A former diplomat, Colin Robertson is vice-president and fellow at the Canadian Global Affairs Institute.
There is more acrimony this week around the Canada-U.S. trade relationship as the softwood-lumber dispute comes to a boil. This week's anti-dumping levies, on top of the countervail duties already applied, should serve as a wake-up call to affected provinces to get their act together.
The U.S. Lumber Coalition cleverly differentiated between Canadian companies operating in different provinces. The overall marginal rate only aggravates the differing perspectives: interior versus coastal British Columbia (the province with the most at stake), Alberta, Ontario, Quebec and New Brunswick.
The political situation in British Columbia has created complications but it should not prevent the respective provincial "wise persons" – David Emerson (B.C.), Gary Doer (Alberta), Jim Peterson (Ontario), Raymond Chrétien (Quebec) and David Wilkins (New Brunswick) – getting together and figuring out a common position.
Then they need to sit down with the U.S. Lumber Coalition. If they can work out a deal, they can expect a rapid blessing by the national governments, both of which would prefer softwood lumber out of the way before the renegotiation of the North American free-trade agreement.
The NAFTA clock is already ticking. The U.S. Trade Promotion Authority requires the Trump administration to publish a detailed summary of its negotiating objectives and expected "positive" outcomes 30 days before Aug. 16, the earliest date that the negotiations can begin.
Both the Mexicans, who fear that unfinished negotiations could affect their presidential election (July, 2018), and the Americans, who want it done before their midterm elections (November, 2018), want a quick deal. It is possible, especially as President Donald Trump seems more interested in deal-making than rule-making.
Hearings this week in Washington, hosted by the U.S. States Trade Representative (USTR), will supplement the 12,453 written comments already submitted and available online. The U.S. process has its critics, but we could learn from its transparency.
The government of Justin Trudeau has positioned itself well for the coming negotiations. Even if Mr. Trudeau and Mr. Trump disagree on fundamentals such as climate, migration and multilateralism, they can speak frankly. This is important, especially as most Canadians, and the citizens of our friends and allies, dislike Mr. Trump.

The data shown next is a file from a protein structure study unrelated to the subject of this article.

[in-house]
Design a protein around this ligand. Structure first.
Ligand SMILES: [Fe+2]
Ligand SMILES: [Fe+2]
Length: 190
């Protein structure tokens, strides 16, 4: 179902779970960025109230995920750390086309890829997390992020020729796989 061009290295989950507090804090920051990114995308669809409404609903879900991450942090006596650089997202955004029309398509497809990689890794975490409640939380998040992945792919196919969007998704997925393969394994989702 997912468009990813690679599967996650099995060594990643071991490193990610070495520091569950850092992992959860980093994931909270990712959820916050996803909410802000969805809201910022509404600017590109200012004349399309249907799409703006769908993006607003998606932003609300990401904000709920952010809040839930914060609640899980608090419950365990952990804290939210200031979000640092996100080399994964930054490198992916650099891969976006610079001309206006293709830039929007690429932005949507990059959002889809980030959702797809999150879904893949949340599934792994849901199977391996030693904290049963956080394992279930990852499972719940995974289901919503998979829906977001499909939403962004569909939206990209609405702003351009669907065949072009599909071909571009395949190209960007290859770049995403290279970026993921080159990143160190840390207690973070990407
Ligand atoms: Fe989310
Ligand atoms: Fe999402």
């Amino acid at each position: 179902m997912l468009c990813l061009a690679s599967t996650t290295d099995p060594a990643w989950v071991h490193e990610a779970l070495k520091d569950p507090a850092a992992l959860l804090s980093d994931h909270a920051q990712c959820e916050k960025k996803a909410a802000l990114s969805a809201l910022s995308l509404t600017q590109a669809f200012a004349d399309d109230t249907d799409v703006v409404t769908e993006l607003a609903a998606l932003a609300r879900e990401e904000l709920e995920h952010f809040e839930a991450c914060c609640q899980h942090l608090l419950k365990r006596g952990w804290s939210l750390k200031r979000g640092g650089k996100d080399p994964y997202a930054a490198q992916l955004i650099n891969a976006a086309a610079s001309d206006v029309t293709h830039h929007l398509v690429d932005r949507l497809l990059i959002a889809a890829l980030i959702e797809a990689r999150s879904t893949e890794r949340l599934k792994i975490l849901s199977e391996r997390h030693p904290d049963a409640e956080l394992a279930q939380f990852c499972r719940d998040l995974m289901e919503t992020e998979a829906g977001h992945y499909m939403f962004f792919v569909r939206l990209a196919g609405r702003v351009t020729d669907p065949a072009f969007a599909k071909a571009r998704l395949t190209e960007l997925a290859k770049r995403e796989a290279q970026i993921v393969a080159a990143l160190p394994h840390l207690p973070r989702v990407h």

The Trudeau-Trump agenda, set at their February meeting, focuses on creating middle-class jobs and on areas of shared interests: defence, shared infrastructure, border pre-clearance, energy security, joint regulatory reform and empowering female entrepreneurs.
Their agenda is making headway.
The Trump administration quickly permitted the Keystone XL pipeline. Empowering female entrepreneurs earned a shout-out in Mr. Trump's address to Congress. The Trudeau government will increase defence spending from 1 per cent to 1.4 per cent of GDP. It still needs to move on its pre-clearance legislation (Congress passed its legislation last December).
Progress will also depend on the deep and profoundly tangled web of personal relationships that have long characterized Canada-U.S. relations matters.
As Franklin Roosevelt once observed, ours is a "forthright fellowship with neighbours who are also friends."
Since the initial Trudeau-Trump meeting, there has been a veritable flood south of Canadian ministers, provincial premiers and legislators from all levels of government to Washington and throughout the United States, especially into Trump territory. They carry the message of mutually beneficial, job-creating trade and investment with the reminder that we are also steadfast allies and good neighbours.
This week, with strong stakeholder encouragement, Western premiers and Ambassador David MacNaughton are meeting with their counterparts in Montana to discuss joint economic development, including integrated supply chains, energy, and practical matters such as wildfires and forest management. Similar regional meetings throughout the summer underline the value of personal relationships.
This is not to say the road to a new deal will not have a few bumps. Mr. Trudeau may not have a Plan B, but his government, in tandem with Mexico, is wisely preparing a list of punitive trade actions directed at U.S. congressional leadership on both sides of the aisle that we can take if the negotiations go off the rails.
As we learned in the country-of-origin dispute, Americans need to understand that protectionism has a cost.
With common sense, we can avoid begger-thy-neighbourism.
Happily, the Canada-U.S. relationship has very stable foundations. Its pillars are our shared institutions and the hundreds of agreements, some dating back more than a century, embracing all levels of government. Despite all the recent noise, we need to keep in mind that, in a world in disarray, the two countries continue to be a model of neighbourly relations.